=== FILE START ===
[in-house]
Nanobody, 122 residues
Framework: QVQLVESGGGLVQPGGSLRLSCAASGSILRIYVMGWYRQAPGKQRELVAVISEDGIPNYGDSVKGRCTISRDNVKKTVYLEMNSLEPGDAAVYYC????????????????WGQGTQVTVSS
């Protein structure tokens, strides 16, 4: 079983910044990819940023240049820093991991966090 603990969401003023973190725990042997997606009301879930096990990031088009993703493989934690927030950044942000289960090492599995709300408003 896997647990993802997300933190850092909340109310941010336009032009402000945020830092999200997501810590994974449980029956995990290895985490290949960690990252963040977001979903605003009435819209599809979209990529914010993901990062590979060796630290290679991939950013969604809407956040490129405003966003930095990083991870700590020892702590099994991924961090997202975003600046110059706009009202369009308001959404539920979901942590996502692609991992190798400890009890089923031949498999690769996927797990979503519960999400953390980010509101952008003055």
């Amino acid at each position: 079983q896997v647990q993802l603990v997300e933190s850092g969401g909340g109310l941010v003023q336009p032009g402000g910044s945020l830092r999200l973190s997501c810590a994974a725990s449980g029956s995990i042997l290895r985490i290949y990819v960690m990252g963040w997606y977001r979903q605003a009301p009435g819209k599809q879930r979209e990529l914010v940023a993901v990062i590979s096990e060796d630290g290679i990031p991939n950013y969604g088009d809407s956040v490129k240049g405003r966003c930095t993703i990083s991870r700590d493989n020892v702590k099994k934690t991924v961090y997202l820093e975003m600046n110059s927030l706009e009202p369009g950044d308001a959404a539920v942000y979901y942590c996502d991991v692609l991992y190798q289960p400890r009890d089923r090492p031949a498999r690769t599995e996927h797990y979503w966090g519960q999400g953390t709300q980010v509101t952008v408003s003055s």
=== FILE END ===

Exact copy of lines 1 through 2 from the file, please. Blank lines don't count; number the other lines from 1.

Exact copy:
[in-house]
Nanobody, 122 residues